I unscrewed the wire caps and used the tester to make sure the circuit was cold. The point of all this testing to make sure the circuit is cold is for that one day you forget a step and the circuit isn’t cold. Hopefully, you will catch it before it’s a problem!
I used the power screwdriver to unscrew the toggle bolts. The back part of the toggle bolt fell inside the wall and the screw pulled out. I guided the wire from the wall through the back of the fixture and pulled it away from the wall. I then went about putting the new anchors in the wall.
I put the new fixture in the position I wanted it and marked the mounting holes with a pencil. The mounting holes are key hole shaped, so you can put the screws in the wall part way and slot the fixture over the screws before tightening them down. When you tighten the screws don’t over do it, otherwise they will start spinning in the wall and weaken the mount.
Next it the ends of the wires are not straight, cut the ends off. Then strip about half an inch of insulation off of the wire. Put the corresponding wires together and tightly twist one of the orange end caps on to the two wires to join them together.
Now turn the power back on at the breaker and flip the light switch. Hopefully everything will light up with no issue. If it doesn’t (I’ve had that happen before), go back and turn the breaker off, and recheck all your wiring.
This whole job took about an hour. It probably would have gone a lot faster if I wasn’t contorting myself to reach up into the light box. It might take you more or less time depending on your experience. The key is just to proceed safely and methodically. One down, two bathrooms and a kitchen to go!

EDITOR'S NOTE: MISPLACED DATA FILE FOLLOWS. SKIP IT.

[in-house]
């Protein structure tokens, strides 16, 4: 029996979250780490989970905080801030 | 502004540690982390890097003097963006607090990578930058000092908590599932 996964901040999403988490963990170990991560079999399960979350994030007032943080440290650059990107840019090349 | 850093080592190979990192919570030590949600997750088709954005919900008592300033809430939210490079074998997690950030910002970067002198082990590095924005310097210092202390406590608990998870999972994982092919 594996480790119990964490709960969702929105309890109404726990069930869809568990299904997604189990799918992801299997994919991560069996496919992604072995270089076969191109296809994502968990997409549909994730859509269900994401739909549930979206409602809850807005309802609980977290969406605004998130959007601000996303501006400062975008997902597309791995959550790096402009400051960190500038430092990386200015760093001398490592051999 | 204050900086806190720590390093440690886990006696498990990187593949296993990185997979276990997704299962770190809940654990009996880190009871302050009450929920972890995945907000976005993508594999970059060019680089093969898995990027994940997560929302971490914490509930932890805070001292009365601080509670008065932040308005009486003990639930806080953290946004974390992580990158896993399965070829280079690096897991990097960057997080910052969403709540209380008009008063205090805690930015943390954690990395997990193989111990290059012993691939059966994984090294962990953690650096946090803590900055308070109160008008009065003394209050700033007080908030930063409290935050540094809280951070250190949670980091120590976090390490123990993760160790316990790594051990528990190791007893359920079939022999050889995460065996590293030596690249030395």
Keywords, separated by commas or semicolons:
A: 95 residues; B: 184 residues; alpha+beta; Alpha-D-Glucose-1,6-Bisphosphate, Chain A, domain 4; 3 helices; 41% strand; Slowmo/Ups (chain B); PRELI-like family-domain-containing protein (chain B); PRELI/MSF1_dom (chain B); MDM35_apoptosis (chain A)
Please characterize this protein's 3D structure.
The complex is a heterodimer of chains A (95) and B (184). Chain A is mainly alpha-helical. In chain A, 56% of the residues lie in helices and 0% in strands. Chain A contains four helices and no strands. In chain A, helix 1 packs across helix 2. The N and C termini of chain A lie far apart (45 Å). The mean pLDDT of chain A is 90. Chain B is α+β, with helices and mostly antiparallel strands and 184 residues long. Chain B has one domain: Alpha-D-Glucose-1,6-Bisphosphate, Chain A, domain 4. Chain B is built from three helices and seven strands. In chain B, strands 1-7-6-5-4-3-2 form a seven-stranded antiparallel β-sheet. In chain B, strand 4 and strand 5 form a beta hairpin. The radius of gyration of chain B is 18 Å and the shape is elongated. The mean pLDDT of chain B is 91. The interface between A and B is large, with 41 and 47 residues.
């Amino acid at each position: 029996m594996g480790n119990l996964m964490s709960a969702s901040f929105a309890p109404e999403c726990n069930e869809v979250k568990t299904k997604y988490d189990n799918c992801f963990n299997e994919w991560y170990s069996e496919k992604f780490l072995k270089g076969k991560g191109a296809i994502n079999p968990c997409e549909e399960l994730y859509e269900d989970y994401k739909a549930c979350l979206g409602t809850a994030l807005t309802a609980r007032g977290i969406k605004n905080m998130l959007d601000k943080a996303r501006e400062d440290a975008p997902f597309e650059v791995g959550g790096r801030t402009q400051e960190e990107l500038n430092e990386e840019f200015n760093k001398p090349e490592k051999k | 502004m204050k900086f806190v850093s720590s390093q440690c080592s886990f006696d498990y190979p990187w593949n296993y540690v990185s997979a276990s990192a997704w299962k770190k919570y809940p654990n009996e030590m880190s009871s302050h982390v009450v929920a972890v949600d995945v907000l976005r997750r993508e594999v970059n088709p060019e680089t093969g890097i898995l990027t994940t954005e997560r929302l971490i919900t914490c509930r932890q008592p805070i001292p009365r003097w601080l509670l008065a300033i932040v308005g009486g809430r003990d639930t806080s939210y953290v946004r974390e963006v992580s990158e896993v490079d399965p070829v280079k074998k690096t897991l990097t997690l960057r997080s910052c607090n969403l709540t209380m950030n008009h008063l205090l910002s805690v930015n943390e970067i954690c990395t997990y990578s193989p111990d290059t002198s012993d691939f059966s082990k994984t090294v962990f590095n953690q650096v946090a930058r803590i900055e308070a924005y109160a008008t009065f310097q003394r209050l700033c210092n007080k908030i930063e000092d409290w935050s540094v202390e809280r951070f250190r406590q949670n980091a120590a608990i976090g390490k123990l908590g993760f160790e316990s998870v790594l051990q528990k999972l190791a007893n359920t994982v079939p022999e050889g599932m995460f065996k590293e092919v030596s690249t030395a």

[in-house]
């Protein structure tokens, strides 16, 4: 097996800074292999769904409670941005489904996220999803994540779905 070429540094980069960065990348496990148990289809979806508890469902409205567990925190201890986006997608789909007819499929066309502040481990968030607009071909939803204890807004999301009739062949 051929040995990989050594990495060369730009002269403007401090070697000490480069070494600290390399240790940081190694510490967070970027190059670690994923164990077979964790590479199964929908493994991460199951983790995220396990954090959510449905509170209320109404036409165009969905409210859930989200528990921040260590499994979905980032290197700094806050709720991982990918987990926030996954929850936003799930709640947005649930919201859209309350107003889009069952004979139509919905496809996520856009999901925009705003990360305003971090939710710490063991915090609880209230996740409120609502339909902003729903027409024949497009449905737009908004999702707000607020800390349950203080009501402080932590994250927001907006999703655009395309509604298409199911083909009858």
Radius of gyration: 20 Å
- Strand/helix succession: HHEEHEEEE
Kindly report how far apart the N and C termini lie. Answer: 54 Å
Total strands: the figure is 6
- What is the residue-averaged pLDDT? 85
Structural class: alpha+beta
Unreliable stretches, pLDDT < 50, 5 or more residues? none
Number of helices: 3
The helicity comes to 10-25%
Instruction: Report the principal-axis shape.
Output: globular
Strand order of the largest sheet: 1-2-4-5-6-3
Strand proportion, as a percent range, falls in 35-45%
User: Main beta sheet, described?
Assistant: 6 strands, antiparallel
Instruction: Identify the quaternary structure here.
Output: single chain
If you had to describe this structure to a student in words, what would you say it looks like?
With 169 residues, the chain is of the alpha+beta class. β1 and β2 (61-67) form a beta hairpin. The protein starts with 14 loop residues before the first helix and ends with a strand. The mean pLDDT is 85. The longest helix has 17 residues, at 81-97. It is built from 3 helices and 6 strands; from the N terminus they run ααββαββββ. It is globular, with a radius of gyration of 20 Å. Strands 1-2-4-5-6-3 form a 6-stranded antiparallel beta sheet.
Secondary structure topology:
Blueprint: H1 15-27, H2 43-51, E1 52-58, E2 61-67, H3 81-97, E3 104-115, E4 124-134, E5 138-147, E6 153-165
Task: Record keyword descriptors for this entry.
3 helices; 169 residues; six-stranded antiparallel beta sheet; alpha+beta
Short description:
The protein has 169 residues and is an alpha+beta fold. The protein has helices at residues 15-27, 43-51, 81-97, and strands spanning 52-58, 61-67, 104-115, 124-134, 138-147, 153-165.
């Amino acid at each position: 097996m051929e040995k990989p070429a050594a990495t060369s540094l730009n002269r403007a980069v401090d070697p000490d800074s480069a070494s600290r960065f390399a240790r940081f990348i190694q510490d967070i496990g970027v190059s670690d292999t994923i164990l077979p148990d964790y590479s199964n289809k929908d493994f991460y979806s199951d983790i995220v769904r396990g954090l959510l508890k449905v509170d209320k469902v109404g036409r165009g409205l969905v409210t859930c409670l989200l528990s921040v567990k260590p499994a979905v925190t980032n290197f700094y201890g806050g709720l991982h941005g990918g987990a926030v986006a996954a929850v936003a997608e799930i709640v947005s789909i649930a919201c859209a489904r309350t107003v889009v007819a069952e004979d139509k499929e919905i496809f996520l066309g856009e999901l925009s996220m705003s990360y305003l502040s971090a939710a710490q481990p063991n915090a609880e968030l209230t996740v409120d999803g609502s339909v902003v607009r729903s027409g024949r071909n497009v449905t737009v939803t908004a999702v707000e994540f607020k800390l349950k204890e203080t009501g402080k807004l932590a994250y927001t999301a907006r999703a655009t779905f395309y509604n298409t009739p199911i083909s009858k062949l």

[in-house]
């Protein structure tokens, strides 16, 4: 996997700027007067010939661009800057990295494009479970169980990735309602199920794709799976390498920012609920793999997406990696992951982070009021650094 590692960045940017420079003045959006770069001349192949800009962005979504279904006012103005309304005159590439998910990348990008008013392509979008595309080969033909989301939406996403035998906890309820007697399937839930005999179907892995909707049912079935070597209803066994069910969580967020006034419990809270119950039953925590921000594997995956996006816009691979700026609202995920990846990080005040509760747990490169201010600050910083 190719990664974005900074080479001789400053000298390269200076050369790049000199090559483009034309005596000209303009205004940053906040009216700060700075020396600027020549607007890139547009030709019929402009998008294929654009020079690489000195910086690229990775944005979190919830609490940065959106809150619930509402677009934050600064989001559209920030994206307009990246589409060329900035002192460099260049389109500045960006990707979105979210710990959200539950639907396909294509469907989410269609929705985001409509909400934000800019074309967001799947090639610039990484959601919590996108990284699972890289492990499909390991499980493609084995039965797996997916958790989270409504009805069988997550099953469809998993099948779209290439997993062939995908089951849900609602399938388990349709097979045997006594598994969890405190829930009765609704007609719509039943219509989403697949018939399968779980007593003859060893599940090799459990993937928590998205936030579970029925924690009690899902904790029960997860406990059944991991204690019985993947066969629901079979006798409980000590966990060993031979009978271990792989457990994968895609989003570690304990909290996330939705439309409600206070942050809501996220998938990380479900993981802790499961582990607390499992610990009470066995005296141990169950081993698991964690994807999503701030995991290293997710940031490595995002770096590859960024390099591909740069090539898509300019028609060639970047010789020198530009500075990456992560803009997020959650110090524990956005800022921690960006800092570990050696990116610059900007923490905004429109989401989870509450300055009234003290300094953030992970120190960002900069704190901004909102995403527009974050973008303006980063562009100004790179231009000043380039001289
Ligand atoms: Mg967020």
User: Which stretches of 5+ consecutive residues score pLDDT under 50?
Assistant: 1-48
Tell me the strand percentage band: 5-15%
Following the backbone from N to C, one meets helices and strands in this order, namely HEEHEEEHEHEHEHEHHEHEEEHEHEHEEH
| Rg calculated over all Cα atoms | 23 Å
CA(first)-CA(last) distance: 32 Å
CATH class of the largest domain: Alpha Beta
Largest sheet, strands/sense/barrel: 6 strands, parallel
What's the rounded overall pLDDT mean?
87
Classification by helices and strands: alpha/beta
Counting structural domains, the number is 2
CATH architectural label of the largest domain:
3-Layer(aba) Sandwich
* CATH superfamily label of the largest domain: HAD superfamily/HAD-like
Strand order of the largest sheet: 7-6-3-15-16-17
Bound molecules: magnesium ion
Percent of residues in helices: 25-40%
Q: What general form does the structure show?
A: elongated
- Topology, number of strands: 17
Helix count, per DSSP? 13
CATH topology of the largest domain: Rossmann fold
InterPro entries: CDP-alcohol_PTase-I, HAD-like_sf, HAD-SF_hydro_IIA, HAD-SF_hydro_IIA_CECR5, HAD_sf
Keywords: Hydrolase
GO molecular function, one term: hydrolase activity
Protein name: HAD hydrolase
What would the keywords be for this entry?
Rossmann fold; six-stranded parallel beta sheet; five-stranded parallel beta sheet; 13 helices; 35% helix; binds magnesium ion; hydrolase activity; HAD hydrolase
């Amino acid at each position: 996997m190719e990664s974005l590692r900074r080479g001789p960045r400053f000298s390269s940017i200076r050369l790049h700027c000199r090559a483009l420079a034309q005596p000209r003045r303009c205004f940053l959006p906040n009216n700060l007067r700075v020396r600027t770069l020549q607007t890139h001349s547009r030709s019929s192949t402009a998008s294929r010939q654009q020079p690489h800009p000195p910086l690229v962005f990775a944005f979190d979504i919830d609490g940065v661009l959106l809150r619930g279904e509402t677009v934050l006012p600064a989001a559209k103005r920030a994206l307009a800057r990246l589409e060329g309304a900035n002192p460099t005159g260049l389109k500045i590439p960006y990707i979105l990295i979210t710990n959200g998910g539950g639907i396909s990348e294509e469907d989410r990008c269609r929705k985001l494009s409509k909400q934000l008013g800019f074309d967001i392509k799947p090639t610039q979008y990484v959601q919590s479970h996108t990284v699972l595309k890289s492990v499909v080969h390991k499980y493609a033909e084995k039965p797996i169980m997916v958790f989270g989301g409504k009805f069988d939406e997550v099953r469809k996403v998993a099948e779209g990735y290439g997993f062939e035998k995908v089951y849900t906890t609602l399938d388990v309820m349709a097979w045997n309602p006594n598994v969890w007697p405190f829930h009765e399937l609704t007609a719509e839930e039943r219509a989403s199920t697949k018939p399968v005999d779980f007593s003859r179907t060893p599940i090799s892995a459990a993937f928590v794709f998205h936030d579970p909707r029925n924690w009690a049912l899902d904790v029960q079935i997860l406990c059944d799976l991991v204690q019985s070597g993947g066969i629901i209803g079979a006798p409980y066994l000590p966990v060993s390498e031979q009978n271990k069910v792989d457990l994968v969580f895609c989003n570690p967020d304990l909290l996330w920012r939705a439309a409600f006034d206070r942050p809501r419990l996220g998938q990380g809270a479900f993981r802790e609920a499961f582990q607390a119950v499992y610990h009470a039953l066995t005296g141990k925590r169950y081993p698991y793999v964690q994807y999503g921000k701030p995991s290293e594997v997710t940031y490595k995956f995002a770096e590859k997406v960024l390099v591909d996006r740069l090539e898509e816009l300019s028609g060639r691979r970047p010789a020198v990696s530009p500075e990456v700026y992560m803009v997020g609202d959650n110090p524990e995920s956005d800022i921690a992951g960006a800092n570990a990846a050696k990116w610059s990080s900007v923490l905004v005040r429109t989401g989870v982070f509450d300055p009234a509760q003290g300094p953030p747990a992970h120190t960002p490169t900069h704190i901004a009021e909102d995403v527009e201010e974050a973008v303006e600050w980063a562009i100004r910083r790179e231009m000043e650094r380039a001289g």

Replacing old incandescent bulbs is much easier
Just screw them out and screw in the new ones. The only challenge might be for folks with high ceiling. I have a set of two track lights with 3 spotlight fixtures in each. Time to get the big ladder out.
I bought two boxes of Feit BR30 LED flood lights for about $12 a box. They are supposed to last for 25,000 hours, so this will likely be the last time I have to change these bulbs.
Before I had 6 – 60 watt incandescent bulbs using 360 watts of power for 3,600 lumens of light. Now I have 6 – 10 watt LED bulbs using 60 watts of power total and giving me 4,500 lumens of light. I’m also going to install a dimmer to have total control over the lighting.
In the bathroom I had a noisy, flickering fluorescent fixture; now I have a quiet LED light that comes on instantly and uses half the power. ALSO, I likely won’t have to ever change the fixture or the flood lights again. What’s not to like?
The point of all this was to show you that even for a couple of the more difficult cases, it’s still not that hard to switch to LED lights. In fact, most of your lights are probably within easy reach. You can reduce the amount of energy you use, the amount of carbon dioxide you make, the number of times you have to change bulbs again (probably never!), and have much better lighting. That’s a win on many levels! So what are you waiting for??
Read more about LED lighting from past blog posts…
- The shocking truth about LED lights
- How to Save a LOT of Money While Saving the Environment (Hint: Use LED lights!)